Matkentoi, a man of a man of all trades. He had joined the
response team on his own accord.

Rosman Mohd Isa runs and manages the biggest
stingless bee farm in Malaysia, located in Merbok. Kedah. He was the very first to highlight problems faced by
beekeepers in Kedah. He, together with Haji Najib, had made
ad hoc visit to the affected farm and confirmed the presence
of larvae in the hives. This was followed by the formimg
of Kelulut Quick Response Team in which the duo made a second trip to the said farms. .
i was awed by the dedication of my associates, and the speed at responding
to calls for help with regards to stingless bees.
He, and the rest of the team, are warriors in the true sense of its word.


Friday, May 27, 2016

Royal Belum Kelulut Experition 2 Part 2: Exploring One of the Oldest Rainforest in the World

The Royal Belum rainforest

 On the first leg of the expedition,we visited a remote orang asli village on the island. The boat ride took three hours but we loved the scenery all along the way. The Temenggor Lake was a beautiful emerald green and lined with thick virgin forest the the whole way. It was an exhilarating ride to say the least, yet so serene at the same time.

The boathouse called Mystical.

Dr. Shamsul, always thinking ahead.
Paricipants took this time to get to know one another and of course discuss matters pertaining to stingless bees abd sharing experiences. But for many of us it was the first trip there and many were just sitting on the outer deck gazing at the scenery, mesmerised by it all. Thee air was clean and fresh; the sun was behind the clouds but it didn't matter. Royal Belum had captivated our hearts.

Marzia handing out biscuits to the chilgren of the orang asli.
Kg. Chuweh 2 ia a tiny village inhabited by only eight families comprising all of 46 people. The men from this village had a tribal dispute with those from the main village and separated themselves to another location. We were given a briefing by Jad aka Royal Pirate's our trusted guide as soon as we landed on the settlement. It was strangely quiet and we found ourselves talking in almost a whisper. Only a few men and children were visible. Apparently, orang asli women are extremely shy and stayed in their huts they call their home. 
What will they grow up into?
Jad, our very enthusiastic guide

The children were all sitting in a group huddled together; they must be quite familiar with visitors as they stood ground when we approached them. They didn't respond when we spoke to them though. We still think about them till today, as we wonder about their lives and livelihood, and most important their future, if there is any.

The huts that are home to the orang asli of Kg. Chuweh 2

Can you taste it on your taste bud?
Eager and raring to go.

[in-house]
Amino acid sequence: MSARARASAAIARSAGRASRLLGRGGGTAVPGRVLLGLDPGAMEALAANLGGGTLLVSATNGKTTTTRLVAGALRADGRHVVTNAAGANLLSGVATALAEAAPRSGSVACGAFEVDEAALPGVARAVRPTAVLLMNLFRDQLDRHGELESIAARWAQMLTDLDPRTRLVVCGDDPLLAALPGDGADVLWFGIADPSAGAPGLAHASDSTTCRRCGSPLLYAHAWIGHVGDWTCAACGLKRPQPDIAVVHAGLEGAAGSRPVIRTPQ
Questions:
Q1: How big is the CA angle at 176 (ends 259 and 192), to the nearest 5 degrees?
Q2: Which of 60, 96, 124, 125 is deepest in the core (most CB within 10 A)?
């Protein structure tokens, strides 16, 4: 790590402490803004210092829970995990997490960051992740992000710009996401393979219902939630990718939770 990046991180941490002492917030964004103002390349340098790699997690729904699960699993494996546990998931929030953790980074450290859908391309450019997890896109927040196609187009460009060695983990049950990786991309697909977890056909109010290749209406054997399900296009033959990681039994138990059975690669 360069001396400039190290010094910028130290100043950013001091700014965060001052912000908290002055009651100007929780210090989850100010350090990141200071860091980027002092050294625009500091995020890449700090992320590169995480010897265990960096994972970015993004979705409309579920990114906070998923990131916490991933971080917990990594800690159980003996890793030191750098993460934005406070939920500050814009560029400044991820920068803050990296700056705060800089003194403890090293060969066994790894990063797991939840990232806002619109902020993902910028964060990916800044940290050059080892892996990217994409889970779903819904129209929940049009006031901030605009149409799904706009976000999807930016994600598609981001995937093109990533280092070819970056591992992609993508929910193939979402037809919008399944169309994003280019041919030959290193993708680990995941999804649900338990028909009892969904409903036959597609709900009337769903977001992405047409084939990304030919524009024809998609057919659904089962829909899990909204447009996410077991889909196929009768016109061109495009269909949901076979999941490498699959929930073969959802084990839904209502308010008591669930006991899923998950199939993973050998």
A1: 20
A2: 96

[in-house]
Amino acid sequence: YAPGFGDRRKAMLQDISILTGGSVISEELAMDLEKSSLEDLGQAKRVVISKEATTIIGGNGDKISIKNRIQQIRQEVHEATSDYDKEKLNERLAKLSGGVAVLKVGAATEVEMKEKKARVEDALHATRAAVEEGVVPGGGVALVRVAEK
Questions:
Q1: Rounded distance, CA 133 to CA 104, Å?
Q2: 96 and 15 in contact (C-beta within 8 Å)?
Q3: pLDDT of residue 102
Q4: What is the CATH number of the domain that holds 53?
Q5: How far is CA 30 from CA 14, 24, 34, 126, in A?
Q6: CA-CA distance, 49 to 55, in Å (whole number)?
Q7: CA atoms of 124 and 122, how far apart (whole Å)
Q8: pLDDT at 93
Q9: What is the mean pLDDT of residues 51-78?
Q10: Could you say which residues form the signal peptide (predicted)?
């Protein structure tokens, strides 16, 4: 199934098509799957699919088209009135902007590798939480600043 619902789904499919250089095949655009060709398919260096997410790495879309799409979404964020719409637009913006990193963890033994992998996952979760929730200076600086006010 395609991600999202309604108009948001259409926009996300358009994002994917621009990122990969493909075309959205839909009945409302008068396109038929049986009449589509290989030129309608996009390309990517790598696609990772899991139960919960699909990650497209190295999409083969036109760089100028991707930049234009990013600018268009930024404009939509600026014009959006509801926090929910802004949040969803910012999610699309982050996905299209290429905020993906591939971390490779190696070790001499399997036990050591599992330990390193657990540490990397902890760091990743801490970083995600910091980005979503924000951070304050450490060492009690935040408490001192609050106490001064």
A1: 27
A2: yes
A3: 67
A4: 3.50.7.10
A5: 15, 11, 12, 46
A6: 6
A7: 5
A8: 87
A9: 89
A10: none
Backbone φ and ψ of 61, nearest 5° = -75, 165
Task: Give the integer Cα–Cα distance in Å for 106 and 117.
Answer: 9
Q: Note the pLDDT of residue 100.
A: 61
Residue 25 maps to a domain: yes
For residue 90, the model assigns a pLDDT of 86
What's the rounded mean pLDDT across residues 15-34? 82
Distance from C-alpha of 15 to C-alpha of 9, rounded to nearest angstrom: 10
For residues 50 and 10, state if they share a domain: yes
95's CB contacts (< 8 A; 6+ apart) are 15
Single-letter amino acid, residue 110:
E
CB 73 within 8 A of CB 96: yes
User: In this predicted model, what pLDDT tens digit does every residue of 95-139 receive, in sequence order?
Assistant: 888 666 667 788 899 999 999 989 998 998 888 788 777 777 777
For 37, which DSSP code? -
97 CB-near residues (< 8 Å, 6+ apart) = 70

After a hearty and delicious lunch prepared on the boat by Dr. Shamsul's wife, Puan Zayda herself, we set out in motorboats for a jungle trekking trip to the Sg. Tujuh waterfall nearby. 

This was the highlight of the expedition as this was where we had hoped to find stingless bees, especially from the very rare species. As we were delayed by the rain earlier and the sky was cloudy, Dr. Shamsul decided to call-off the trip for safety reasons. He, however, together with Hj. Najib, Dr. Nur Azura from Universiti Pertanian Malaysia and five other abled men  proceeded as planned, in search of stingless bee hives which are prevalent near waterfalls and riversides.
Crispy fried fresh fish caught by Taufik 

The night wasn't any less eventful. Before dinner, there was a short talk given by Hj. Najib on meliponiculture after which the floor, or rather the deck, was open to questions which the kelulut keeper duly answered without reservation. It started to drizzle again that night, threatening to upset our plans, everyone remained hopeful and positive.

Dinner was a barbecue of delicious, succulent chicken and lamb, a contribution by Mohd Khairul aka Matkentoi. a lumber and jack of sorts. The night ended with Jad's fascinating stories about the animals in the forest, and all the wonders of one of the oldest forest in the world.

Thursday, May 26, 2016

Royal Belum Kelulut Expedition 2 Part 1: The Indo-Malayan Kelulut Warriors

The Bilut Valley Bee Farm once again took time off to join another expedition last weekend, 21 and 22 May, 2016. It was organised by Universiti Malaysia Terengganu (UMT), lead by Associate Professor Dr. Shamsul Bahri Abd Razak, a lecturer at the Pusat Pengajian Sains Dan Teknologi Makanan (Center for Science and Food Technology Studies) at the university. We had been waiting anxiously for this as having participated in the first ever kelulut (stingless bee) expedition in Bukit Kor, Terengganu, which was also  organised by Dr. Shamsul  and his team, we were certain it would be a very good event.
Almost the whole Bilut Valley Bee Farm tean from left Aniza,,Aiman, Marzia,  and Fauziah.

We were not disappointed - the Royal Belum Kelulut Expedition 2 was a huge success and the response at the end of it was unanimous; everyone was happy and satisfied with the programme throughout the expedition. Dr. Shamsul is passionate about stingless bees and studies on these meliponines which are endemic to tropical and sub-tropical countries. He is so determined to explore the forests in search of species that have been recorded by earlier researchers but have not been sighted as yet. He is fascinated by their behaviours and habitat, thus his commitment and dedication towards his endeavour.

Assoc. Prof. Dr. Shamsul Bahri Abd Razak

Dr. Shamsul also believes that anyone and everyone involved in stingless bees can contribute in research and the sharing of knowledge, and an expedition like this would be the perfect event to bring meliponine lovers together. He is extremely congenial to everyone regardless of background and stature, which makes him very well-liked by everyone.